THE COLLAGIST Reviews Laura Ellen Joyce’s THE LUMINOL REELS

Here’s an excerpt from Natanya Ann Pulley’s review:

In order to keep the tension in a filthy workshop such as this, Joyce’s prose is deceptively easy. The clean starts of the sentences seem ordinary. One sentence begins, “Threads of red hair,” and another starts, “She tanned her small breasts.” But each, like so many others, fall into an action or image that snags this steady line back into a complication: “Threads of red hair loop you shut,” or, “She tanned her small breasts, ironed flat, like all of ours, from birth.” We begin in one world: “You can lie on their soft, brown pelts,” and end in another: “and make generic love.” Other lines do not allow that safe admission: “There is time that is blank. You are on her and you are guilty.” But these lines always build up to a contorted image, a knot of violations: “She slammed outwards, y-shaped, our mermaid openings began to empty of scales.” In the end, what we can find of hope is only caught up in a strange type of comfort—one that builds and reinforces a system of defeated relief and ghastly transformation. The language assures us that despite the steady piles of flesh and loss, we will never know what we are becoming.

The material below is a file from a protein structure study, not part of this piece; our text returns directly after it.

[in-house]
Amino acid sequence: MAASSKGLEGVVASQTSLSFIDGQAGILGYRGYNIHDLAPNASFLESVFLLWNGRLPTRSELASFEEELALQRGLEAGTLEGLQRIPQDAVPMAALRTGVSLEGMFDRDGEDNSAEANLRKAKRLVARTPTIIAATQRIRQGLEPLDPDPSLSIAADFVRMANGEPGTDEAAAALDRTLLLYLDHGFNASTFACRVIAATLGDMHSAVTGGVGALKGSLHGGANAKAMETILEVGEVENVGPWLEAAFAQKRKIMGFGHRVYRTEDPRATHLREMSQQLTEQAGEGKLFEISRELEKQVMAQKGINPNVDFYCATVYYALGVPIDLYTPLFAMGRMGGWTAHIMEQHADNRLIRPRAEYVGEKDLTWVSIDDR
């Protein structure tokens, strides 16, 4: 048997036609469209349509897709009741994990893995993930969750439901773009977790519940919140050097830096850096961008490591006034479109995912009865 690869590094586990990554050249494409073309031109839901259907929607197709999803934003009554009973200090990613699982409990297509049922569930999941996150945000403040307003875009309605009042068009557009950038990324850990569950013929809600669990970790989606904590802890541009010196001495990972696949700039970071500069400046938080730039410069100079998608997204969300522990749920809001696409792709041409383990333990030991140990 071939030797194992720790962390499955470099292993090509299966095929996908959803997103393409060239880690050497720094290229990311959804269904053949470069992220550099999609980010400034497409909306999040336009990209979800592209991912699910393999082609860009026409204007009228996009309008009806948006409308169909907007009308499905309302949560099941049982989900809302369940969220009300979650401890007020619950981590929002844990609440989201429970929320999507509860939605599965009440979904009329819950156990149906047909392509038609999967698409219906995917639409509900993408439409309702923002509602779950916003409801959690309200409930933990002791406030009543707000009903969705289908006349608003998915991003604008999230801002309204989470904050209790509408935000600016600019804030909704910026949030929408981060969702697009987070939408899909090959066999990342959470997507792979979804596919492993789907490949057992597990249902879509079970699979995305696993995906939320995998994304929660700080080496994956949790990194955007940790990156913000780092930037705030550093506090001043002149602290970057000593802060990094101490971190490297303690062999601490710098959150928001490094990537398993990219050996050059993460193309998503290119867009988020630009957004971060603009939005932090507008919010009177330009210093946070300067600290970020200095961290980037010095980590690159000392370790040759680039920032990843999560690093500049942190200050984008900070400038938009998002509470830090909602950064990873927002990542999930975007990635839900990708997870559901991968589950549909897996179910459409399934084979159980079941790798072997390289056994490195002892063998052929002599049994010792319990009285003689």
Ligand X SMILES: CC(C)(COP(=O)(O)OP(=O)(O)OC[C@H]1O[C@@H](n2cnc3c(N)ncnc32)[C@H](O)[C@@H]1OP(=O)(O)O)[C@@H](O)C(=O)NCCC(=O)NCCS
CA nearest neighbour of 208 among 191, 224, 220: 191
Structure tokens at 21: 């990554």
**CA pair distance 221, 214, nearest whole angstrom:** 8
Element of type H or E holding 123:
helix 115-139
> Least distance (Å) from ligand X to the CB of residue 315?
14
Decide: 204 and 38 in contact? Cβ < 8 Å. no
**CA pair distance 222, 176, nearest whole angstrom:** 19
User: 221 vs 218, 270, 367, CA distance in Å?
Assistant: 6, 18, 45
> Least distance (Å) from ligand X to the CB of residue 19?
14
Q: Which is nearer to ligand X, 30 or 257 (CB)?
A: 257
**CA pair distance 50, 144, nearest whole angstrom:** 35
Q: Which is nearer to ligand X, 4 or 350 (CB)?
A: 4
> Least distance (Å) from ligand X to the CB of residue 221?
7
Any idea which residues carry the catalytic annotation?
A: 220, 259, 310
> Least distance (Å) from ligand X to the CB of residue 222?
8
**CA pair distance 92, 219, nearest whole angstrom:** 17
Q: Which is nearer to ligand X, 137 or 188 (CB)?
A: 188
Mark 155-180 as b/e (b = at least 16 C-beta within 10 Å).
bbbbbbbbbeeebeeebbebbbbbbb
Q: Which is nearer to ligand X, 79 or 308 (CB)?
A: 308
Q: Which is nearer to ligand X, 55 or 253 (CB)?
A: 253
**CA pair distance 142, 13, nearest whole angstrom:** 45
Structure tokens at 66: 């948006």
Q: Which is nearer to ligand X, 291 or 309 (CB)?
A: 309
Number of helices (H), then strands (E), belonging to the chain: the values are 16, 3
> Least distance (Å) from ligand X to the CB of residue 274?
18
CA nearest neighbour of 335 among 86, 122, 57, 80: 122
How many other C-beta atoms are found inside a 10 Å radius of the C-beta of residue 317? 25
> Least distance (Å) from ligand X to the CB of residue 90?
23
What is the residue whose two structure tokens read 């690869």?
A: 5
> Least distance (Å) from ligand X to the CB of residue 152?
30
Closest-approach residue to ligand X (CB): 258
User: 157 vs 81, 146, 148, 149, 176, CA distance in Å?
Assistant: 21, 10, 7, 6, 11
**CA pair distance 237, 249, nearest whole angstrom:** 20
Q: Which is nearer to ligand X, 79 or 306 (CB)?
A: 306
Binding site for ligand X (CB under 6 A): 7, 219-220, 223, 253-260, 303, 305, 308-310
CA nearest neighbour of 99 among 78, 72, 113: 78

Read the rest HERE.

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